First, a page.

Until Sunday, Steve Cishek had never given up an earned run to the San Francisco Giants.
The Marlins closer could not have picked a worse time for the spotless streak to end.
Cishek gave up two runs in the ninth as the Giants rallied for a 3-2 victory.
He walked in the tying run with the bases loaded before giving up a game-ending single to Matt Duffy as the Marlins were forced to settle for a split of the four-game series against the defending World Series champions.
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For Cishek, it was his third blown save of the season.
“I don’t want to push the panic button now and reset everything,” Cishek said.
“I just want to keep plugging away and grinding. Things can only get better from here.”
Cishek and the Marlins can only hope.
The closer’s ERA is now 8.18.
One good pitch could have spared Cishek from second-guessing his decision-making after Sunday’s loss and enabled the Marlins to take the series at AT&T Park.
Instead, Cishek was left answering questions about an inning that blew up on him.
With the Marlins clinging to a 2-1 lead, Cishek began the ninth by striking out Justin Maxwell. So far so good. But after putting Andrew Susac in an 0-2 hole, he threw what he termed a “stupid pitch” — one that Susac stroked into right for a single.
Next up was Gregor Blanco, who lofted a deep fly ball to right. If not for a heady play by Ichiro Suzuki, the tying run would have scored right then and there.
Seeing that the ball was hit so deep and he couldn’t make a play on it, Suzuki stopped in his tracks and looked up, giving the appearance that he would make the catch.
His decoy suckered pinch-runner Joaquin Arias, who hesitated.
“I knew if I turned around right there, the run scores,” Suzuki said. “I knew it was going to be over my head, so my focus there was to make sure the runner thought that I could catch it.”
The ball hit the wall for a double, but Arias advanced only to third. Cishek and the Marlins were still alive.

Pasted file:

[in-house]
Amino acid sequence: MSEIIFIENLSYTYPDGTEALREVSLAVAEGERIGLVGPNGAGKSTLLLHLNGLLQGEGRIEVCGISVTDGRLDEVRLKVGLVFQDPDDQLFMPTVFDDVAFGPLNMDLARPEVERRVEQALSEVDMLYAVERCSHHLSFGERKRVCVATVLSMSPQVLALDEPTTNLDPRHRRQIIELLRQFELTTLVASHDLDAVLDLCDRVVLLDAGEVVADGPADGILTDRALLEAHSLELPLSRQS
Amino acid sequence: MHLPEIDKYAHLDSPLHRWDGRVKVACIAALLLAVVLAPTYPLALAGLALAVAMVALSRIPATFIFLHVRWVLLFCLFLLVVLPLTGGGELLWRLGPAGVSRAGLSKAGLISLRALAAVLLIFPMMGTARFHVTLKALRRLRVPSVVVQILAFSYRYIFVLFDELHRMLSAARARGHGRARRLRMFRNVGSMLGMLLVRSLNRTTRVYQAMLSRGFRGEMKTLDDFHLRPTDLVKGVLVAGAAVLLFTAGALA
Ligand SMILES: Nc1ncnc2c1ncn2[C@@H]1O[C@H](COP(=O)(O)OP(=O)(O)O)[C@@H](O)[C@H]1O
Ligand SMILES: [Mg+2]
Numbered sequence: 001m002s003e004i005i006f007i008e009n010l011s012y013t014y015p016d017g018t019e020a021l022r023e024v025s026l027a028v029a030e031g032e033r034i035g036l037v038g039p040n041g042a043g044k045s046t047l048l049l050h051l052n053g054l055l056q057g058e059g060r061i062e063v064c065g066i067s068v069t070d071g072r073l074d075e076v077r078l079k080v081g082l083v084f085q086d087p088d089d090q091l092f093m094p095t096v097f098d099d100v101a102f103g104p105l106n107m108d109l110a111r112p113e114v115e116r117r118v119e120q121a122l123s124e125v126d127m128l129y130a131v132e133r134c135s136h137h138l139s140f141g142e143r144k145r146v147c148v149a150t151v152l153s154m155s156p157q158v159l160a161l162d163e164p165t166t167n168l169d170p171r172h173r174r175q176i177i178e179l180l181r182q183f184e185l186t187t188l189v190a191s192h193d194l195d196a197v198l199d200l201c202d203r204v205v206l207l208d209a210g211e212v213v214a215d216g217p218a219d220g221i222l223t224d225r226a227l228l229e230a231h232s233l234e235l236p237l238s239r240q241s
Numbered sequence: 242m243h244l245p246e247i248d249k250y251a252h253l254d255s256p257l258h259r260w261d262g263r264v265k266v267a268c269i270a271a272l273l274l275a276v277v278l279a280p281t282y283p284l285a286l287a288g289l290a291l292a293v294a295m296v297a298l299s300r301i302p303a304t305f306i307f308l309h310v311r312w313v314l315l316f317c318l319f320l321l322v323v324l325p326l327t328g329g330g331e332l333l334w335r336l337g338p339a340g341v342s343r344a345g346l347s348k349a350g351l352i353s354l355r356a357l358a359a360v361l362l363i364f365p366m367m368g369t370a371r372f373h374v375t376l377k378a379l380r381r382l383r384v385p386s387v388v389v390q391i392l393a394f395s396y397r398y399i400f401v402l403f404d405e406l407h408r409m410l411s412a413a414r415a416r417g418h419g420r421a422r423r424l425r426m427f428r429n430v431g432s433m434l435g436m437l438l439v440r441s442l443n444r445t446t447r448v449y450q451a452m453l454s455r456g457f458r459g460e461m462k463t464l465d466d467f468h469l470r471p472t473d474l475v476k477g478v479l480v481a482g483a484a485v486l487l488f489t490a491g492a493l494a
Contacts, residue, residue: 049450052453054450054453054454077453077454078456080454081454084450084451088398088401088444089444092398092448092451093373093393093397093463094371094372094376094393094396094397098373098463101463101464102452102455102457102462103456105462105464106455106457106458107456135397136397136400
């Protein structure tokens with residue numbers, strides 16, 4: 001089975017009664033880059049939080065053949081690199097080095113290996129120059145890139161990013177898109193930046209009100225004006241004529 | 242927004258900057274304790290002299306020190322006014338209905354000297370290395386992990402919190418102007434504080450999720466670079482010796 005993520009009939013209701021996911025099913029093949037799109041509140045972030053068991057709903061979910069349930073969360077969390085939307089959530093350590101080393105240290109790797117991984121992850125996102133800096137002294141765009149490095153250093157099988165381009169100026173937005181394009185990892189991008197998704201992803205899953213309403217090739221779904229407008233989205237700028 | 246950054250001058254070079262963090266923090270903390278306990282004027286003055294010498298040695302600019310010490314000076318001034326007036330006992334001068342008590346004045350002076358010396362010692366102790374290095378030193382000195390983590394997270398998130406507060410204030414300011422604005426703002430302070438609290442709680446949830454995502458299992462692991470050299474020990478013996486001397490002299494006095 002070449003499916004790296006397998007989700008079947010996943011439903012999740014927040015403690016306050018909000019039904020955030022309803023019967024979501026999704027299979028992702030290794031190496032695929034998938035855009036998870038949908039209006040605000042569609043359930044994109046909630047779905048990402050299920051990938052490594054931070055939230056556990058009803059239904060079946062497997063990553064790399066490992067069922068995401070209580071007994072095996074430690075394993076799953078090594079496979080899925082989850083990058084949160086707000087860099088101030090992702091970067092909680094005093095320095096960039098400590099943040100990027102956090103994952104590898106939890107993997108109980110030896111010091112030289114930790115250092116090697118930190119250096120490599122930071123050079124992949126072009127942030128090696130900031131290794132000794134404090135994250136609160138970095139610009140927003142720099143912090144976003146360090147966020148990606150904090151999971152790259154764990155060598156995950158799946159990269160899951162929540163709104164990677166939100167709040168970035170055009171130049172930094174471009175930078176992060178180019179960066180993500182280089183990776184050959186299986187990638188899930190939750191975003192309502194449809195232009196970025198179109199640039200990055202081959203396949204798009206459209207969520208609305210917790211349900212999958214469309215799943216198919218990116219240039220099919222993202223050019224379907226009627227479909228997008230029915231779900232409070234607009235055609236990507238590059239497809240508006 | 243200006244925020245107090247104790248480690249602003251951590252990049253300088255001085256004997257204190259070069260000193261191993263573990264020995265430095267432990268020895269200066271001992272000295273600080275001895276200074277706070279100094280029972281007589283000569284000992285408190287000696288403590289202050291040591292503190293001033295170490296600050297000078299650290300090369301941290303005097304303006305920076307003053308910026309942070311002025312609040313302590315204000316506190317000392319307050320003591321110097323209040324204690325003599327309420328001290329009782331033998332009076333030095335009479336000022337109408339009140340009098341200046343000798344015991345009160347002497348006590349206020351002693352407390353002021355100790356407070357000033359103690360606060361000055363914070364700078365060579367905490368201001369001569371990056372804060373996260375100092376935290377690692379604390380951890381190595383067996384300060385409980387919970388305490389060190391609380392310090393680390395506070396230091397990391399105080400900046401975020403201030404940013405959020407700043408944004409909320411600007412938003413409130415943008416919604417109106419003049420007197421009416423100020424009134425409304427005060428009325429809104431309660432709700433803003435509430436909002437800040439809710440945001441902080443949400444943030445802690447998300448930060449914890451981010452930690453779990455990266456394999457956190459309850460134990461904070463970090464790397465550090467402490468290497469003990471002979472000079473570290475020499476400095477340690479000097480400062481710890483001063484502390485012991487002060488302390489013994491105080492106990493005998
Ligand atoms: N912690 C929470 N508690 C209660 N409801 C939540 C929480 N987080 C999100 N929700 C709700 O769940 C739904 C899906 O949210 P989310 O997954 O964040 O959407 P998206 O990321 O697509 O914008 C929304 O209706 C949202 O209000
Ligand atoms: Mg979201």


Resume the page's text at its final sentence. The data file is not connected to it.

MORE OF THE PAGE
Buster Posey was then walked intentionally to load the bases, and Cishek struck out Angel Pagan, leaving him with only one out to preserve the win.
But after working a 1-2 count on Nori Aoki, he threw three consecutive balls to force in the tying run.
“I tried to put him up and away in the zone with a heater,” Cishek said of his pitch strategy after the count evened at 2-2.
“After I missed down and away with a slider off the plate, I knew I could throw a better pitch than that, especially with a 3-2 [count] and the game on the line.”
But Cishek missed again for ball four.
“I stuck to my guns, went for it again, and didn’t make the adjustment I needed to make,” he said. “Lack of execution. I’m not executing pitches like I typically do.”
Two pitches later, Duffy ended it with a walk-off single.
The late-inning meltdown spoiled an otherwise strong performance by the rest of the Marlins pitching staff, starting with Mat Latos.
Latos worked seven strong innings, holding the Giants to one run. It was a strong indication that he might be turning the corner after struggling through a poor April.
“My Aprils are terrible for some reason,” he said. “April doesn’t like me.”
But there might have been an underlying reason for Latos’ slow start this time.
He disclosed for the first time that he had 90 ccs of fluid drained from his surgically repaired left knee during spring training.
“Nobody knew that,” Latos said.
“It’s really something that didn’t need to come out. We handled it. We took care of it. We’re strengthening it, and it’s night and day from what it was in spring training. I’m able to stick pitches.”